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:: ptpkzip.txtA Known Plaintext Attack on the PKZip Stream Cipher |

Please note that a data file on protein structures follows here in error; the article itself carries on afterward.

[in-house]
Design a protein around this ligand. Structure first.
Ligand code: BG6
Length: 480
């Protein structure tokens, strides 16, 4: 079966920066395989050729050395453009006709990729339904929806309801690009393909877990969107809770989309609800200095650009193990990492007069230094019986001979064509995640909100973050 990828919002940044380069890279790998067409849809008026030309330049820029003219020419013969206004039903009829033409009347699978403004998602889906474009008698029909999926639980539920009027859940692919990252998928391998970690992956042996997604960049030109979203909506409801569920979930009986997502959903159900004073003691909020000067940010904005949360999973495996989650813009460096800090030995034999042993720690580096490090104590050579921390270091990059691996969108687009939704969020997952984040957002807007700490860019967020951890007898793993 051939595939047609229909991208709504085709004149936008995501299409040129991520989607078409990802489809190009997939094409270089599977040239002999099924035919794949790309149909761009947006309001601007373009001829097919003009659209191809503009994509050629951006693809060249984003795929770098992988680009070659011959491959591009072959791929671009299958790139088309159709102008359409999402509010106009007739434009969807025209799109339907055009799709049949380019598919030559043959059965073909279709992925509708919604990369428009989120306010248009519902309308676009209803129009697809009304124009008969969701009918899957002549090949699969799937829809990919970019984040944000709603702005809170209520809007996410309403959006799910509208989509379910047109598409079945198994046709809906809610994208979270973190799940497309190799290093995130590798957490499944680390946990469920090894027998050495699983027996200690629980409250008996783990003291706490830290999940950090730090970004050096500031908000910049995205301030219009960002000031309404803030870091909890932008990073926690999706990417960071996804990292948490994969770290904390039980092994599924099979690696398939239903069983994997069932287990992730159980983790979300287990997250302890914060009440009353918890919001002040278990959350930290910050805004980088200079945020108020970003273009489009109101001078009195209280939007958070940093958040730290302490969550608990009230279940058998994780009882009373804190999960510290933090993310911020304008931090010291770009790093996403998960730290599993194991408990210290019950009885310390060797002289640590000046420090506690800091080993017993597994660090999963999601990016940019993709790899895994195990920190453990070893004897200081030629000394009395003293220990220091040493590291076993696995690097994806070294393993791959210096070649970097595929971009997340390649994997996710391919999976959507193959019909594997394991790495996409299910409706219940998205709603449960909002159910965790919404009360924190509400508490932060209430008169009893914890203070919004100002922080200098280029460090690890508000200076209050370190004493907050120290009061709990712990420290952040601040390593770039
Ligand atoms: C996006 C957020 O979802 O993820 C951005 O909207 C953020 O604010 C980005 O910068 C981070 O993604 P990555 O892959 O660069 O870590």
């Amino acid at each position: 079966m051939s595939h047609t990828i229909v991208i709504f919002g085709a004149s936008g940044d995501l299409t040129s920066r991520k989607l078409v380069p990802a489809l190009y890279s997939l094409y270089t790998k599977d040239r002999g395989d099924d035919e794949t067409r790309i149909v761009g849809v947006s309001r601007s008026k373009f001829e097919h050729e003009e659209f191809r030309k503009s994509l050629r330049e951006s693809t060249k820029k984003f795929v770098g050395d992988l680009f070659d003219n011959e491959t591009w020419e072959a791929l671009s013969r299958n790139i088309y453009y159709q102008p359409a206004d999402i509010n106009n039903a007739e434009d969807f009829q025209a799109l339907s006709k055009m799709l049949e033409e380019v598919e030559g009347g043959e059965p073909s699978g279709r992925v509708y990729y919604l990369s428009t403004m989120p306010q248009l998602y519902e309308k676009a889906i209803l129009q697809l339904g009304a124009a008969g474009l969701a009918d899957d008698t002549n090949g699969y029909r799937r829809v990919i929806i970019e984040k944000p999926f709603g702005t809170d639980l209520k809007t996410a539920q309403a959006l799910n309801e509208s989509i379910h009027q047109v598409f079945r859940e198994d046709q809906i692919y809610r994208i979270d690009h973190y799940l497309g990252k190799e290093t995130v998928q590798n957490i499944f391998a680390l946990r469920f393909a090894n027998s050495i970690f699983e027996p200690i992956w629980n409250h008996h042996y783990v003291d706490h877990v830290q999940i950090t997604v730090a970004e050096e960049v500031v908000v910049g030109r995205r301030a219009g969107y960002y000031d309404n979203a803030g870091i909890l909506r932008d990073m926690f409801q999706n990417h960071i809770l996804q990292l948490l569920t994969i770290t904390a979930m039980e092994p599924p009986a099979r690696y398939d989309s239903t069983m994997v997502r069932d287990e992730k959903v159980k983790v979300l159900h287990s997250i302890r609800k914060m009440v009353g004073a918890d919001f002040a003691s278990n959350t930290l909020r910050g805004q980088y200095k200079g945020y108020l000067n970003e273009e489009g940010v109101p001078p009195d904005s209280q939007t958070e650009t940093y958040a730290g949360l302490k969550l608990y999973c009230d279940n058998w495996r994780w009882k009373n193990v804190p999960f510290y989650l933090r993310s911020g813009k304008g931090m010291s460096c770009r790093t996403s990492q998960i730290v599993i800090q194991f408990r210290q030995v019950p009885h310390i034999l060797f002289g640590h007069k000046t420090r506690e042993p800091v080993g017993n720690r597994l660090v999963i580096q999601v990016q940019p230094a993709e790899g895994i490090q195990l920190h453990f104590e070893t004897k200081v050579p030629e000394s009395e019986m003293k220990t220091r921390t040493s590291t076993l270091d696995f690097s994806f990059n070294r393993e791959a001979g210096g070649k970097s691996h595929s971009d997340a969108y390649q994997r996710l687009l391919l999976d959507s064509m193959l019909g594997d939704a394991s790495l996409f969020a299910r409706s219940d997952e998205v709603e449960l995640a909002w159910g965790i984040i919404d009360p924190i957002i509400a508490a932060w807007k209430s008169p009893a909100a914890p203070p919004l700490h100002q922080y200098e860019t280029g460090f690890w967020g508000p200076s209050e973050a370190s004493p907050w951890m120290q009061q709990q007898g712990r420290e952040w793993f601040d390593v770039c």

If you have PostScript printer and/or GNU GhostScript (available free via FTP), the PostScript version of this paper will look nicer and will include the graph accompanying with Figure 1. Superscripts and subscripts are in pseudo-Latex format, where a superscript b is denoted a^{b} and a subscript b is a_{b}. The paper will appear in the proceedings of the December 1994 Algorithms workshop held in Leuven, Belgium (which presumably will be printed by Springer-Verlag). Cheers, Paul Kocher kocherp@leland.stanford.edu ---------------------------------------------------------------------------- A Known Plaintext Attack on the PKZIP Stream Cipher Eli Biham (*) Paul C. Kocher (**) (*) Computer Science Department, Technion - Israel Institute of Technology, Haifa 32000, Israel. (**) Independent cryptographic consultant, 7700 N.W. Ridgewood Dr., Corvallis, OR 97330, USA. (415) 354-8004. ABSTRACT: The PKZIP program is one of the more widely used archive/compression programs on personal computers. It also has many compatible variants on other computers, and is used by most BBS's and ftp sites to compress their archives. PKZIP provides a stream cipher which allows users to scramble files with variable length keys (passwords). In this paper we describe a known plaintext attack on this cipher, which can find the internal representation of the key within a few hours on a personal computer using a few hundred bytes of known plaintext. In many cases, the actual user keys can also be found from the internal representation. We conclude that the PKZIP cipher is weak, and should not be used to protect valuable data. SECTION 1: Introduction The PKZIP program is one of the more widely used archive/compression programs on personal computers. It also has many compatible variants on other computers (such as Infozip's zip/unzip), and is used by most BBS's and ftp sites to compress their archives. PKZIP provides a stream cipher which allows users to scramble the archived files under variable length keys (passwords). This stream cipher was designed by Roger Schlafly. In this paper we describe a known plaintext attack on the PKZIP stream cipher which takes a few hours on a personal computer and requires about 13--40 (compressed) known plaintext bytes, or the first 30--200 uncompressed bytes, when the file is compressed. The attack primarily finds the 96-bit internal representation of the key, which suffices to decrypt the whole file and any other file encrypted under the same key. Later, the original key can be constructed. This attack was used to find the key of the PKZIP contest. The analysis in this paper holds to both versions of PKZIP: version 1.10 and version 2.04g. The ciphers used in the two versions differ in minor details, which does not affect the analysis. The structure of this paper is as follows: Section 2 describes PKZIP and the PKZIP stream cipher. The attack is described in Section 3, and a summary of the results is given in Section 4. SECTION 2: The PKZIP Stream Cipher PKZIP manages a ZIP file[1] which is an archive containing many files in a compressed form, along with file headers describing (for each file) the file name, the compression method, whether the file is encrypted, the CRC-32 value, the original and compressed sizes of the file, and other auxiliary information. The files are kept in the zip-file in the shortest form possible of several compression methods. In case that the compression methods do not shrink the size of the file, the files are stored without compression. If encryption is required, 12 bytes (called the _encryption_header_) are prepended to the compressed form, and the encrypted form of the result is kept in the zip-file. The 12 prepended bytes are used for randomization, but also include header dependent data to allow identification of wrong keys when decrypting. In particular, in PKZIP 1.10 the last two bytes of these 12 bytes are derived from the CRC-32 field of the header, and many of the other prepended bytes are constant or can be predicted from other values in the file header. In PKZIP 2.04g, only the last byte of these 12 bytes is derived from the CRC-32 field. The file headers are not encrypted in both versions. The cipher is byte-oriented, encrypting under variable length keys. It has a 96-bit internal memory, divided into three 32-bit words called key0, key1 and key2. An 8-bit variable key3 (not part of the internal memory) is derived from key2. The key initializes the memory: each key has an equivalent internal representation as three 32-bit words. Two keys are equivalent if their internal representations are the same. The plaintext bytes update the memory during encryption. The main function of the cipher is called update_keys, and is used to update the internal memory and to derive the variable key3, for each given input (usually plaintext) byte: update_keys_{i} (char): local unsigned short temp key0_{i+1} <-- crc32(key0_{i},char) key1_{i+1} <-- (key1_{i} + LSB(key0_{i+1})) * 134775813 + 1 (mod 2^{32}) key2_{i+1} <-- crc32(key2_{i},MSB(key1_{i+1})) temp_{i+1} <-- key2_{i+1} | 3 (16 LS bits) key3_{i+1} <-- LSB((temp_{i+1} * (temp_{i+1} xor 1)) >> 8) end update_keys where | is the binary inclusive-or operator, and >> denotes the right shift operator (as in the C programming language). LSB and MSB denote the least significant byte and the most significant byte of the operands, respectively. Note that the indices are used only for future references and are not part of the algorithm, and that the results of key3 using inclusive-or with 3 in the calculation of temp are the same as with the original inclusive-or with 2 used in the original algorithm. We prefer this notation in order to reduce one bit of uncertainty about temp in the following discussion. Before encrypting, the key (password) is processed to update the initial value of the internal memory by: process_keys(key): key0_{1-l} <-- 0x12345678 key1_{1-l} <-- 0x23456789 key2_{1-l} <-- 0x34567890 loop for i <-- 1 to l update_keys_{i-l}(key_{i}) end loop end process_keys where l is the length of the key (in bytes) and hexadecimal numbers are prefixed by 0x (as in the C programming language). After executing this procedure, the internal memory contains the internal representation of the key, which is denoted by key0_{1}, key1_{1} and key2_{1}. The encryption algorithm itself processes the bytes of the compressed form along with the prepended 12 bytes by: Encryption Decryption ---------- ---------- prepend P_{1},...,P_{12} loop for i <-- 1 to n loop for i <-- 1 to n C_{i} <-- P_{i} xor key3_{i} P_{i} <-- C_{i} xor key3_{i} update_keys_{i}(P_{i}) update_keys_{i}(P_{i}) end loop discard P_{1},...,P_{12} The decryption process is similar, except that it discards the 12 prepended bytes. The crc32 operation takes a previous 32-bit value and a byte, XORs them and calculates the next 32-bit value by the crc polynomial denoted by 0xEDB88320. In practice, a table crctab can be precomputed, and the crc32 calculation becomes: crc32 = crc32(pval,char) = (pval>>8) xor crctab[LSB(pval) xor char] The crc32 equation is invertible in the following sense: pval = crc32^{-1}(crc32,char) = (crc32 << 8) xor crcinvtab[MSB(crc32)] xor char crctab and crcinvtab are precomputed as: init_crc(): local unsigned long temp loop for i <-- 0 to 255 temp <-- crc32(0,i) crctab[i] <-- temp crcinvtab[temp >> 24] <-- (temp << 8) xor i end loop end init_crc in which crc32 refers to the original definition of crc32: crc32(temp,i): temp <-- temp xor i loop for j <-- 0 to 7 if odd(temp) then temp <-- temp >> 1 xor 0xEDB88320 else temp <-- temp >> 1 endif end loop return temp end crc32 SECTION 3: The Attack The attack we describe works even if the known plaintext bytes are not the first bytes (if the file is compressed, it needs the compressed bytes, rather than the uncompressed bytes). In the following discussion the subscripts of the n known plaintext bytes are denoted by 1,...,n, even if the known bytes are not the first bytes. We ignore the subscripts when the meaning is clear and the discussion holds for all the indices. Under a known plaintext attack, both the plaintext and the ciphertext are known. In the PKZIP cipher, given a plaintext byte and the corresponding ciphertext byte, the value of the variable key3 can be calculated by key3_{i} = P_{i} xor C_{i}. Given P_{1},...,P_{n} and C_{1},...,C_{n}, we receive the values of key3_{1},...,key3_{n}. The known plaintext bytes are the inputs of the update_keys function, and the derived key3's are the outputs. Therefore, in order to break the cipher, it suffices to solve the set of equations derived from update_keys, and find the initial values of key0, key1 and key2. In the following subsections we describe how we find many possible values for key2, then how we extend these possible values to possible values of key1, and key0, and how we discard all the wrong values. Then, we remain with only the right values which correspond to the internal representation of the key. Subsection 3.1: key2 The value of key3 depends only on the 14 bits of key2 that participate in temp. Any value of key3 is suggested by exactly 64 possible values of temp (and thus 64 possible values of the 14 bits of key2). The two least significant bits of key2 and the 16 most significant bits do not affect key3 (neither temp). Given the 64 possibilities of temp in one location of the encrypted text, we complete the 16 most significant bits of key2 with all the 2^{16} possible values, and get 2^{22} possible values for the 30 most significant bits of key2. key2_{i+1} is calculated by key2_{i+1} <-- crc32(key2_{i},MSB(key1_{i+1})). Thus, key2_{i} = crc32^{-1}(key2_{i+1},MSB(key1_{i+1})) = (key2_{i+1}<<8) xor crcinvtab[MSB(key2_{i+1})] xor MSB(key1_{i+1}). Given any particular value of key2_{i+1}, for each term of this equation we can calculate the value of the 22 most significant bits of the right hand side of the equation, and we know 64 possibilities for the value of 14 bits of the left hand side, as described in Table 1. From the table, we can see that six bits are common to the right hand side and the left hand side. Only about 2^{-6} of the possible values of the 14 bits of key2_{i} have the same value of the common bits as in the right hand side, and thus, we remain with only one possible value of the 14 bits of key2_{i} in average, for each possible value of the 30 bits of key2_{i+1}. When this equation holds, we can complete additional bits of the right and the left sides, up to the total of the 30 bits known in at least one of the sides. Thus, we can deduce the 30 most significant bits of key2_{i}. We get in average one value for these 30 most significant bits of key2_{i}, for each value of the 30 most significant bits of key2_{i+1}. Therefore, we are now just in the same situation with key2_{i} as we were before with key2_{i+1}, and we can now find values of 30 bits of key2_{i-1}, key2_{i-2},...,key2_{1}. Given this list of 30-bit values, we can complete the 32-bit values of key2_{n}, key2_{n-1},...,key2_{2} (excluding key2_{1}) using the same equation. We remain with about 2^{22} lists of possible values (key2_{n},key2_{n-1},...,key2_{2}), of which one must be the list actually calculated during encryption. Table 1: Side Term Bits# BitsPosition #OfValues ------------------------------------------------------------------ Left key2_{i} 14 2-15 64 Right key2_{i+2} << 8 22 10-31 1 crcinvtab[MSB(key2_{i+1})] 32 0-31 1 MSB(key1_{i+1}) 24 8-31 1 ------------------------------------------------------------------ Total Left Hand Side 14 2-15 64 Total RIght Hand Side 22 10-31 1 ------------------------------------------------------------------ Common bits 6 10-15 Total bits 30 2-31 Subsection 3.2: Reducing the number of possible values of key2 The total complexity of our attack is (as described later) 2^{16} times the number of possible lists of key2's. If we remain with 2^{22} lists, the total complexity becomes 2^{38}. This complexity can be reduced if we can reduce the number of lists of key2's without discarding the right list. We observed that the attack requires only 12--13 known plaintext bytes (as we describe later). Our idea is to use longer known plaintext streams, and to reduce the number of lists based on the additional plaintext. In particular, we are interested only in the values of key2_{13}, and not in all the list of key2_{i}, i=13,...,n. key2_{13} is then used in the attack as is described above. We start with the 2^{22} possible values of key2_{n}, and calculate the possible values of key2_{n-1}, key2_{n-2}, etc. using Equation 1. The number of possible values of key2_{i} (i=n-1, n-2, etc.) remains about 2^{22}. However, some of the values are duplicates of other values. When these duplicates are discarded, the number of possible values of key2_{i} is substantially decreased. To speed things up, we calculate all the possible values of key2_{n-1}, and remove the duplicates. Then we calculate all the possible values of key2_{n-2}, and remove the duplicates, and so on. When the duplicates fraction becomes smaller, we can remove the duplicates only every several bytes, to save overhead. Figure 1 shows the number of remaining values for any given size of known plaintext participating in the reduction, as was measured on the PKZIP contest file (which is typical). We observed that using about 40 known plaintext bytes (28 of them are used for the reduction and 12 for the attack), the number of possible values of key2_{13} is reduced to about 2^{18}, and the complexity of the attack is 2^{34}. Using 10000-byte known plaintext, the complexity of our attack is reduced to 2^{24}--2^{27}. Figure 1: bytes key2 list entries 1 2^{22}=4194304 2 3473408 3 2152448 +-----------------------------+ 4 1789183 | The PostScript version of | 5 1521084 | the paper has a graph here | 10 798169 | showing the number of key2 | 15 538746 | values as a function of the | 20 409011 | number of plaintext bytes. | 25 332606 +-----------------------------+ 30 283930 40 213751 50 174471 100 88248 200 43796 300 31088 500 16822 1000 7785 2000 5196 4000 3976 6000 3000 8000 1296 10000 1857 12000 243 12289 801 Fig 1. Decrease in the number of key2 candidates using varying amounts of known plaintext. These results are for the PKZIP contest file and are fairly typical, though the entry 12000 is unusually low. Subsection 3.3: key1 From the list of (key2_{n}, key2_{n-1},...,key2_{2}) we can calculate the values of the most significant bytes the key1's by MSB(key1_{i+1}) = (key2_{i+1} << 8) xor crcinvtab[MSB(key2_{i+1})] xor key2_{i}. !!! We receive the list (MSB(key1_{n}),MSB(key1_{n-1}),...,MSB(key1_{3})) (excluding MSB(key1_{2})). Given MSB(key1_{n}) and MSB(key1_{n-1}), we can calculate about 2^{16} values for the full values of key1_{n} and key1_{n-1}+LSB(key0_{n}). This calculation can be done efficiently using lookup tables of size 256--1024. Note that key1_{n-1}+LSB(key0_{n}) = (key1_{n}-1) * 134775813^{-1} (mod 2^{32}) and that LSB(key0_{n}) is in the range 0,...,255. At this point we have about 2^{11} * 2^{16} = 2^{27} (or 2^{22} * 2^{16} = 2^{38}) possible lists of key2's and key1_{n}. Note that in the remainder of the attack no additional complexity is added, and all the additional operations contain a fixed number of instructions for each of the already existing list. The values of key1_{n-1}+LSB(key0_{n}) are very close to the values of key1_{n-1} (since we lack only the 8-bit value LSB(key0_{n})). Thus, an average of only 256 * 2^{-8} = 1 possible value of key1_{n-1} that leads to the most significant byte of key1_{n-2} from the list. This value can be found efficiently using the same lookup tables used for finding key1_{n}, with only a few operations. Then, we remain with a similar situation, in which key1_{n-1} is known and we lack only eight bits of key1_{n-2}. We find key1_{n-2} with the same algorithm, and then find the rest of key1_{n-3}, key1_{n-4}, and so on with the same algorithm. We result with about 2^{27} possible lists, each containing the values of (key2_{n}, key2_{n-1},...,key2_{2}, and key1_{n}, key1_{n- 1},...,key1_{4}) (again, key1_{3} cannot be fully recovered since two successive values of MSB(key1) are required to find each value of key1). Subsection 3.4: Given a list of (key1_{n}, key1_{n-1},...,key1_{4}), we can easily calculate the values of the least significant bytes of (key0_{n}, key0_{n-1},...,key0_{5}) by LSB(key0_{i+1}) = ((key1_{i+1}-1) * 134775813^{-1})-key1_{i} (mod 2^{32}). key0_{i+1} is calculated by key0_{i+1} <-- crc32(key0_{i},P_{i}) = (key0_{i} >> 8) xor crctab[LSB(key0_{i}) xor P_{i}]. Crc32 is a linear function, and from any four consecutive LSB(key0) values, together with the corresponding known plaintext bytes it is possible to recover the full four key0's. Moreover, given one full key0, it is possible to reconstruct all the other key0's by calculating forward and backward, when the plaintext bytes are given. Thus, we can now receive key0_{n},...,key0_{1} (this time including key0_{1}). We can now compare the values of the least significant bytes of key0_{n-4},...,key0_{n-7} to the corresponding values from the lists. Only a fraction of 2^{-32} of the lists satisfy the equality. Since we have only about 2^{27} possible lists, it is expected that only one list remain. This list must have the right values of the key0's, key1's, and key2's, and in particular the right values of key0_{n}, key1_{n} and key2_{n}. In total we need 12 known plaintext bytes for this analysis (except for reducing the number of key2 lists) since in the lists the values of LSB(key0_{i}) start with i=5, and n-7=5 ==> n=12. If no reduction of the number of key2 lists is performed, 2^{38} lists of (key0, key1, key2) remain at this point, rather than 2^{27}. Thus, we need to compare five bytes key0_{n-4},...,key0_{n-8} in order to remain with only one list. In this case, 13 known plaintext bytes are required for the whole attack, and the complexity of analysis is 2^{38}. Subsection 3.5: The Internal Representation of the Key Given key0_{n}, key1_{n} and key2_{n}, it is possible to construct key0_{i}, key1_{i} and key2_{i} for any i<n using only the ciphertext bytes, without using the known plaintext, and even if the known plaintext starts in the middle of the encrypted file this construction works and provides also the unknown plaintext and the 12 prepended bytes. In particular it can find the internal representation of the key, denoted by key0_{1}, key1_{1} and key2_{1} (where the index denotes again the index in the encrypted text, rather than in the known plaintext). The calculation is as follows: (Equation 2) key2_{i} = crc32^{-1}(key2_{i+1},MSB(key1_{i+1})) key1_{i} = ((key1_{i+1}-1) * 134775813^{-1}) - LSB(key0_{i+1}) (mod 2^32) temp_{i} = key2_{i} | 3 key3_{i} = LSB((temp_{i} * (temp_{i} xor 1)) >> 8) P_{i} = C_{i} xor key3_{i} key0_{i} = crc32(key0_{i+1},P_{i}) The resulting value of (key0_{1},key1_{1},key2_{1}) is the internal representation of the key. It is independent of the plaintext and the prepended bytes, and depends only on the key. With this internal representation of the key we can decrypt any ciphertext encrypted under the same key. The two bytes of crc32 (one byte in version 2.04g) which are included in the 12 prepended bytes allow further verification that the file is really encrypted under the found internal representation of the key. Subsection 3.6: The Key (Password) The internal representation of the key suffices to break the cipher. However, we can go even further and find the key itself from this internal representation with the complexities summarized in Table 2. The algorithm tries all key lengths 0, 1, 2, ..., up to some maximal length; for each key length it does as described in the following paragraphs. Table 2: Complexity of finding the key itself ----------------------------------------------------------------- Key length 1-6 7 8 9 10 11 12 13 Complexity 1 2^{8} 2^{16} 2^{24} 2^{32} 2^{40} 2^{48} 2^{56} ----------------------------------------------------------------- For l <= 4 it knows key0_{1-l} and key0_{1}. Only l <= 4 key bytes are entered to the crc32 calculations that update key0_{1-l} into key0_{1}. Crc32 is a linear function, and these l <= 4 key bytes can be recovered, just as key0_{n},...,key0_{n-3} recovered above. Given the l key bytes, we reconstruct the internal representation, and verify that we get key1_{1} and key2_{1} as expected (key0_{1} must be as expected, due to the construction). If the verification succeeds, we found the key (or an equivalent key). Otherwise, we try the next key length. For 5 <= l <= 6 we can calculate key1_{0}, key2_{0} and key2_{-1}, as in Equation 2. Then, key2_{2-l},...,key2_{-2} can be recovered since they are also calculated with crc32, and depend on l-2 <= 4 unknown bytes (of key1's). These unknown bytes MSB(key1_{2-l}),..., MSB(key1_{-1}) are also recovered at the same time. key1_{1-l} is known. Thus, we can receive an average of one possible value for key1_{2-l} and for key1_{3-l}, together with LSB(key0_{2-l}) and LSB(key0_{3-l}), using the same lookup tables used in the attack. From LSB(key0_{2-l}) and LSB(key0_{3-l}) and key0_{1-l}, we can complete key0_{2-l} and key0_{3-l} and get key_{1} and key_{2}. The remaining l-2 key bytes are found by solving the l-2 <= 4 missing bytes of the crc32 as is done for the case of l <= 4. Finally, we verify that the received key has the expected internal representation. If so, we have found the key (or an equivalent key). Otherwise, we try the next key length. For l>6, we try all the possible values of key_{1},...,key_{l-6}, calculating key0_{-5}, key1_{-5} and key2_{-5}. Then we used the l=6 algorithm to find the remaining six key bytes. In total we try about 2^{8 * (l-6)} keys. Only a fraction of 2^{-64} of them pass the verification (2^{-32} due to each of key1 and key2). Thus, we expect to remain with only the right key (or an equivalent) in trials of up to 13-byte keys. Note that keys longer than 12 bytes will almost always have equivalents with up to 12 (or sometimes 13) bytes, since the internal representation is only 12-bytes long. SECTION 4: Summary In this paper we describe a new attack on the PKZIP stream cipher which finds the internal representation of the key, which suffices to decrypt the whole file and any other file which is encrypted by the same key. This known plaintext attack breaks the cipher using 40 (compressed) known plaintext bytes, or about the 200 first uncompressed bytes (if the file is compressed), with complexity 2^{34}. Using about 10000 known plaintext bytes, the complexity is reduced to about 2^{27}. Table 3 describes the complexity of the attack for various sizes of known plaintext. The original key (password) can be constructed from the internal representation. An implementation of this attack in software was applied against the PKZIP cipher contest. It found the key "f7 30 69 89 77 b1 20" (in hexadecimal) within a few hours on a personal computer. Table 3: Complexity of the attack by the size of the known plaintext Bytes Complexity ------- ---------- 13 2^{38} 40 2^{34} 110 2^{32} 310 2^{31} 510 2^{30} 1000 2^{29} 4000 2^{28} 10000 2^{27} A variant of the attack requires only 13 known plaintext bytes, in price of a higher complexity 2^{38}. Since the last two bytes (one in version 2.04g) of the 12 prepended bytes are always known, if the known plaintext portion of the file is in its beginning, the attack requires only 11 (12) known plaintext bytes of the compressed file. (In version 1.10 several additional prepended bytes might be predictable, thus the attack might actually require even fewer known plaintext bytes.) We conclude that the PKZIP cipher is weak and that it should not be used to protect valuable information. [1] PKWARE, Inc., General Format of a ZIP File, technical note, included in PKZIP 1.10 distribution (pkz110.exe: file appnote.txt).